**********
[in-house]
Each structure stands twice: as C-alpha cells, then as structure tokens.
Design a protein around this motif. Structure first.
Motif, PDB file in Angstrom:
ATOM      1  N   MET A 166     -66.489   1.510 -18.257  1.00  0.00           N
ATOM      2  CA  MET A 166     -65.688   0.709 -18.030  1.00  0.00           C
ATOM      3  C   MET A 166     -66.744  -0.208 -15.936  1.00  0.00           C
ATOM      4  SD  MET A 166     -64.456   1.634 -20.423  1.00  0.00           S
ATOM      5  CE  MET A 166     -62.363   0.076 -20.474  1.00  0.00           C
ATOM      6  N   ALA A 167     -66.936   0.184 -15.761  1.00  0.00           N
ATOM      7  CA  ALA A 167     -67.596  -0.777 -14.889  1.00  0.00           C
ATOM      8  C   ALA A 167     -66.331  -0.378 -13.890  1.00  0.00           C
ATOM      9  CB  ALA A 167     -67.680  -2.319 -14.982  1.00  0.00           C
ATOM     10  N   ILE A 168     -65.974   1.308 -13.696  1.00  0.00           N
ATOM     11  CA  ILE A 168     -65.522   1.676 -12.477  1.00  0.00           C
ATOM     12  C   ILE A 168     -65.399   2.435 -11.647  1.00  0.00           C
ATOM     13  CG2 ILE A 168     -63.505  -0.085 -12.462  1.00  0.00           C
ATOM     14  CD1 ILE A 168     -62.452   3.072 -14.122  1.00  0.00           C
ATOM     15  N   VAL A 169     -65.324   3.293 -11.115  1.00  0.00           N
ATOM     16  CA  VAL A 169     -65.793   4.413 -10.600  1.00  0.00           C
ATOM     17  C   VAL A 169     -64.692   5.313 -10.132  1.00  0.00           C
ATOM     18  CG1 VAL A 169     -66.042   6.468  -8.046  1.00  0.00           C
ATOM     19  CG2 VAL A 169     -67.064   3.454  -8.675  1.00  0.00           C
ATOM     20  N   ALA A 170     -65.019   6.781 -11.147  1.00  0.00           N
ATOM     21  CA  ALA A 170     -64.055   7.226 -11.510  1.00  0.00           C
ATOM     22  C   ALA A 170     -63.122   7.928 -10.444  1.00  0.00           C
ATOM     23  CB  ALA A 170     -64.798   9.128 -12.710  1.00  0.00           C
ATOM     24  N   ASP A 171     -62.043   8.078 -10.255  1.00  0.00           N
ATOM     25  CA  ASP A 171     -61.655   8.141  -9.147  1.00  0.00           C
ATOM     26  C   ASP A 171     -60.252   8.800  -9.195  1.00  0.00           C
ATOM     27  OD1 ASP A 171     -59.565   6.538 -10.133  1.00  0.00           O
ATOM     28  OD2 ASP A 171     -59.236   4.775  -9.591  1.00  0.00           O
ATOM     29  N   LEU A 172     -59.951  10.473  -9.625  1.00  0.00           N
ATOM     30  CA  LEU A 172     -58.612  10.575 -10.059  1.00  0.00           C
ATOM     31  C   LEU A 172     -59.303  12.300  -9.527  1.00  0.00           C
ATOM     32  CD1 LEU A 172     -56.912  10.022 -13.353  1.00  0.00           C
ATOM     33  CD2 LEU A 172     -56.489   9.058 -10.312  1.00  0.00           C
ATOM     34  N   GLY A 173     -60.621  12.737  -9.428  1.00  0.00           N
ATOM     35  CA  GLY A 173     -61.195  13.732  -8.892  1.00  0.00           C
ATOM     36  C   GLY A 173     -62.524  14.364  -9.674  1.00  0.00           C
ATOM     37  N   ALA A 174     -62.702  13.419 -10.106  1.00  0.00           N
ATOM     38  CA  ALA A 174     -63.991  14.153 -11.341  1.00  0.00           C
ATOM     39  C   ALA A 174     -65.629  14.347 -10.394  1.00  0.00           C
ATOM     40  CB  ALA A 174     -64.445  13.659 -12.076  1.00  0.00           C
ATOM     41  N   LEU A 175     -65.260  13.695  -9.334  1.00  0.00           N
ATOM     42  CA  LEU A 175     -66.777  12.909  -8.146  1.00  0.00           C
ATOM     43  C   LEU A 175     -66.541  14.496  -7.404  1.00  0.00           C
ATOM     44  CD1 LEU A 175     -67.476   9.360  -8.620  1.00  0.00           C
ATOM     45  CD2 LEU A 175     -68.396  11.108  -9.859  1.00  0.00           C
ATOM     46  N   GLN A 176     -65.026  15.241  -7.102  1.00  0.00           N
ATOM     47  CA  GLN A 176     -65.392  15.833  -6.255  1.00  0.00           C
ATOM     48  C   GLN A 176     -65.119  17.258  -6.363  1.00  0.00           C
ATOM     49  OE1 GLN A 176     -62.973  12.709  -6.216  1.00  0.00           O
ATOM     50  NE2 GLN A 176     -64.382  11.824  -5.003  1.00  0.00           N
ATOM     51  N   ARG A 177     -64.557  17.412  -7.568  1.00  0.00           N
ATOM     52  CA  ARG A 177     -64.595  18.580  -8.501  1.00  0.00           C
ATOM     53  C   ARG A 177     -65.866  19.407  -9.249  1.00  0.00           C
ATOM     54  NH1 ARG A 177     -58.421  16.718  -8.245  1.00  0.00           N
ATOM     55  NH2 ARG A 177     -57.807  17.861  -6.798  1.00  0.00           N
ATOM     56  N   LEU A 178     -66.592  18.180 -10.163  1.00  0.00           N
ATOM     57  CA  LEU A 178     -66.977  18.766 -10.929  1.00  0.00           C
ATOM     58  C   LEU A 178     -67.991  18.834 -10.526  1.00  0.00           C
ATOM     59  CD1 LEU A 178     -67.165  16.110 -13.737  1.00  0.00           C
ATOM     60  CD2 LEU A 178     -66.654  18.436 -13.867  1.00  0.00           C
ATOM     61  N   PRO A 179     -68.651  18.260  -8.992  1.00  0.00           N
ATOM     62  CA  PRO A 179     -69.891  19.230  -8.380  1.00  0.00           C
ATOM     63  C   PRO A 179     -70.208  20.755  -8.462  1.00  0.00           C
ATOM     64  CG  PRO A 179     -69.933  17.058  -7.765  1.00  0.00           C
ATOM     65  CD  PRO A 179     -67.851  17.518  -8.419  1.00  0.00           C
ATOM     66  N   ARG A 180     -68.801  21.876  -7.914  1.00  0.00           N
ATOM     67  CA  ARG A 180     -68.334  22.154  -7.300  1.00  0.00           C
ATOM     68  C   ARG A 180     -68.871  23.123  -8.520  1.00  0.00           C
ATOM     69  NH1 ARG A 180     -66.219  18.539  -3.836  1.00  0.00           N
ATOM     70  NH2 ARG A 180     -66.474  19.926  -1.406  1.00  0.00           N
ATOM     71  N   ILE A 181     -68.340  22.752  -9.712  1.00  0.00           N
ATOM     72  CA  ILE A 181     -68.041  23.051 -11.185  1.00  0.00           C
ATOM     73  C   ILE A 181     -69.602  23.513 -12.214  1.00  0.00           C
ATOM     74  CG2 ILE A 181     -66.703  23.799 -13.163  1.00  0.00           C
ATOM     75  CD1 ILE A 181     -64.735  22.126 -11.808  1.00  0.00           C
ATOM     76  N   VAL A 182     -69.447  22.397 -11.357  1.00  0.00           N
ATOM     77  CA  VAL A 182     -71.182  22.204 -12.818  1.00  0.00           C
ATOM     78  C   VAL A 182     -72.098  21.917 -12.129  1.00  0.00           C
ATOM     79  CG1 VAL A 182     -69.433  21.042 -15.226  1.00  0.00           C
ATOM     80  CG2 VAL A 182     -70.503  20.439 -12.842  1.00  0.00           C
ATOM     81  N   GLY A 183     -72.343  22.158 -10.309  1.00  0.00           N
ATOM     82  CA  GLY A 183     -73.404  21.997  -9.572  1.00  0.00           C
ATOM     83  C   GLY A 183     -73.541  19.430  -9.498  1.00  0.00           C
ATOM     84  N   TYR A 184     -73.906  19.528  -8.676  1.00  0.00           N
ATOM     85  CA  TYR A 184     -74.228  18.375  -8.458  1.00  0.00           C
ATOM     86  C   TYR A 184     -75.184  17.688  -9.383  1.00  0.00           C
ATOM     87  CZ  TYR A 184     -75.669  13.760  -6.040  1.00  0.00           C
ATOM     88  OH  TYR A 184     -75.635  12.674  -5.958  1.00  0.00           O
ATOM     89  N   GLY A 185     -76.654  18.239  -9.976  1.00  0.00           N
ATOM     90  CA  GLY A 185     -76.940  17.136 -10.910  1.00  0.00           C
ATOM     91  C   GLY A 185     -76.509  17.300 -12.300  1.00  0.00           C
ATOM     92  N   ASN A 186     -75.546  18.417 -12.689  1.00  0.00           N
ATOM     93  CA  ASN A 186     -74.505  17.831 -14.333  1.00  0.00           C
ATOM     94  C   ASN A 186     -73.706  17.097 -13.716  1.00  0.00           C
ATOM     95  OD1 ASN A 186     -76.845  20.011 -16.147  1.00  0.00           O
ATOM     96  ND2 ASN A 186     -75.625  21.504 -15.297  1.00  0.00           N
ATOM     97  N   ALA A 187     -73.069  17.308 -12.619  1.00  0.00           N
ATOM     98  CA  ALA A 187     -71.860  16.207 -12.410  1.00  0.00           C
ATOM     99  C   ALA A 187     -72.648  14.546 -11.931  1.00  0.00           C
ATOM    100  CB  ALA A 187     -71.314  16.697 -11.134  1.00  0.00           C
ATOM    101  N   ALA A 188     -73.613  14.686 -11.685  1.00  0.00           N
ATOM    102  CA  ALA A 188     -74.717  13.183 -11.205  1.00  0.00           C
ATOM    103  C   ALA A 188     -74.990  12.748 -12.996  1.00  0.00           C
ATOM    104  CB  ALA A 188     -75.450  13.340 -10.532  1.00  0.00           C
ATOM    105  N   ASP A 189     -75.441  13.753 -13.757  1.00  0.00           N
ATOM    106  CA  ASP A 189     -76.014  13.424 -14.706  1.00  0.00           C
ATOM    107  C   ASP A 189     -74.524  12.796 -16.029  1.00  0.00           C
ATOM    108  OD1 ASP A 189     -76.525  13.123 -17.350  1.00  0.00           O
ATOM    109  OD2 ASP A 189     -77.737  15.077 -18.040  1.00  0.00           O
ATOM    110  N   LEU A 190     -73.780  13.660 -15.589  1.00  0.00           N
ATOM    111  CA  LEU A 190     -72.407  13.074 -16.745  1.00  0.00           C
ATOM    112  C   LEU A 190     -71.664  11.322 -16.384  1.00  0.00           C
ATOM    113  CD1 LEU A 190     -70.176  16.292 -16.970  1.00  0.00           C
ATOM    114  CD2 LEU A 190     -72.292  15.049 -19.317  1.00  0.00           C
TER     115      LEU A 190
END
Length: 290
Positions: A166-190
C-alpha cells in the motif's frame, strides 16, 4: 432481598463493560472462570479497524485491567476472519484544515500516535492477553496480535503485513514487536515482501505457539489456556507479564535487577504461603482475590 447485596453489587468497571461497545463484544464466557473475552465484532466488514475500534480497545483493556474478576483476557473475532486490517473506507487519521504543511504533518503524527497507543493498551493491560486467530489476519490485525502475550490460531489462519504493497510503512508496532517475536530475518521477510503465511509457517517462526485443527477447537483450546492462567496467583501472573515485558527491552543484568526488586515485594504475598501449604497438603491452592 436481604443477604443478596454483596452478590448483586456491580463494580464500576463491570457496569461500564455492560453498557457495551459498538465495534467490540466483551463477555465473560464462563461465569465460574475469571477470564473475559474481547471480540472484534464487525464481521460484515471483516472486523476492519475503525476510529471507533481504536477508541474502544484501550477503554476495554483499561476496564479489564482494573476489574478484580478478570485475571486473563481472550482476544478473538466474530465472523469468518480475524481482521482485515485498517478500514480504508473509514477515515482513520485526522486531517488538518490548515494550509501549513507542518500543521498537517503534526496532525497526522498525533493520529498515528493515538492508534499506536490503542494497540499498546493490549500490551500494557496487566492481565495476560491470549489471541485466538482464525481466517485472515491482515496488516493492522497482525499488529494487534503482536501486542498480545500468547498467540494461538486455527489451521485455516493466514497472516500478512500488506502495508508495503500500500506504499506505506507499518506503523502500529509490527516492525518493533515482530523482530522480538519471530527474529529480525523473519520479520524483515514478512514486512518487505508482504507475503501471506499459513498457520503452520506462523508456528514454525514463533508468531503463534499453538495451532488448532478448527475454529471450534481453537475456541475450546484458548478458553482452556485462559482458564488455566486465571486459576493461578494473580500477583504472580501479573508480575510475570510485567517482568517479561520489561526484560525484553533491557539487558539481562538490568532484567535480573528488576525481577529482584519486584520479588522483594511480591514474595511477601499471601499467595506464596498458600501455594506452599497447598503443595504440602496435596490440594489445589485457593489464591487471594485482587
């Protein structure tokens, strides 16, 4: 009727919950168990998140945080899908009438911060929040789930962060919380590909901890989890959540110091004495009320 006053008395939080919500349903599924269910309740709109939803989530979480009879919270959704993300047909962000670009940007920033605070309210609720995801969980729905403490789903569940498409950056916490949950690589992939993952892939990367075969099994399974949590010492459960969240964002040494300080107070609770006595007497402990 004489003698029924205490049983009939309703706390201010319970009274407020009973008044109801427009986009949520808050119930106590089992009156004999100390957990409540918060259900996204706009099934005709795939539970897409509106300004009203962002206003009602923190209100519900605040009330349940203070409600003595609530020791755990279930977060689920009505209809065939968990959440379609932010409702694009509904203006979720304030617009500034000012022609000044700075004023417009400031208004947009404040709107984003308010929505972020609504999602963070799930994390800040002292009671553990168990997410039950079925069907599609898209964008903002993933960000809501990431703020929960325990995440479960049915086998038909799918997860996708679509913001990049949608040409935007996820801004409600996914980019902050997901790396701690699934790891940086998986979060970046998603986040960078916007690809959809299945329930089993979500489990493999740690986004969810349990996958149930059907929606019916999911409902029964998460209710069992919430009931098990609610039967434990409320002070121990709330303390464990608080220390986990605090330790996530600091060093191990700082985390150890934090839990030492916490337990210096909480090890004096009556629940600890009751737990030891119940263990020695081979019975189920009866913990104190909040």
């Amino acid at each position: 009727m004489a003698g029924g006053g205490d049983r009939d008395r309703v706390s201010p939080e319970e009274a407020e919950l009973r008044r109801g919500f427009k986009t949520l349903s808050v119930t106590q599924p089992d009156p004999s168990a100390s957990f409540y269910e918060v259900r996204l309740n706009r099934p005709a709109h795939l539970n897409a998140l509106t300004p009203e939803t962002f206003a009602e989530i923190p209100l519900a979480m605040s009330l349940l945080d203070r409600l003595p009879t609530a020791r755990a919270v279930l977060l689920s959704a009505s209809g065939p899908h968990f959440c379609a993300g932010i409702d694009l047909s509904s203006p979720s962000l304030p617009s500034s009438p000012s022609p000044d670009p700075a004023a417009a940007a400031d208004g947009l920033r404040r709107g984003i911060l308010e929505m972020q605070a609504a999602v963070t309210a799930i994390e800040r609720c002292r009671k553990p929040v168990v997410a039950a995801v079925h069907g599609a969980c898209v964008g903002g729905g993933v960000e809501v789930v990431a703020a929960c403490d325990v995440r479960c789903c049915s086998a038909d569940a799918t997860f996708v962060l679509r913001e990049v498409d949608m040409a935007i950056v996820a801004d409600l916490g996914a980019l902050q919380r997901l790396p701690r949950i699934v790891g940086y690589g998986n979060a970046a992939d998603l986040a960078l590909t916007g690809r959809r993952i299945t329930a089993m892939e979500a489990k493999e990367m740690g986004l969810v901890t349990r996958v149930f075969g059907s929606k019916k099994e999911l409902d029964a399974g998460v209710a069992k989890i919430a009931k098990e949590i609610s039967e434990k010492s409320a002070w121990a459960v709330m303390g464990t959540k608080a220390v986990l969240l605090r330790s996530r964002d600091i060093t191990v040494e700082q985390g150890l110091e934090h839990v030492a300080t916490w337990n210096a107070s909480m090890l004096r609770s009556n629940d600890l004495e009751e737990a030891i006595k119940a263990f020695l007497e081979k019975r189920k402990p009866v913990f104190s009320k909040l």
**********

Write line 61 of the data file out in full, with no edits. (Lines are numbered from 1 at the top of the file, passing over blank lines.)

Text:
ATOM     57  CA  LEU A 178     -66.977  18.766 -10.929  1.00  0.00           C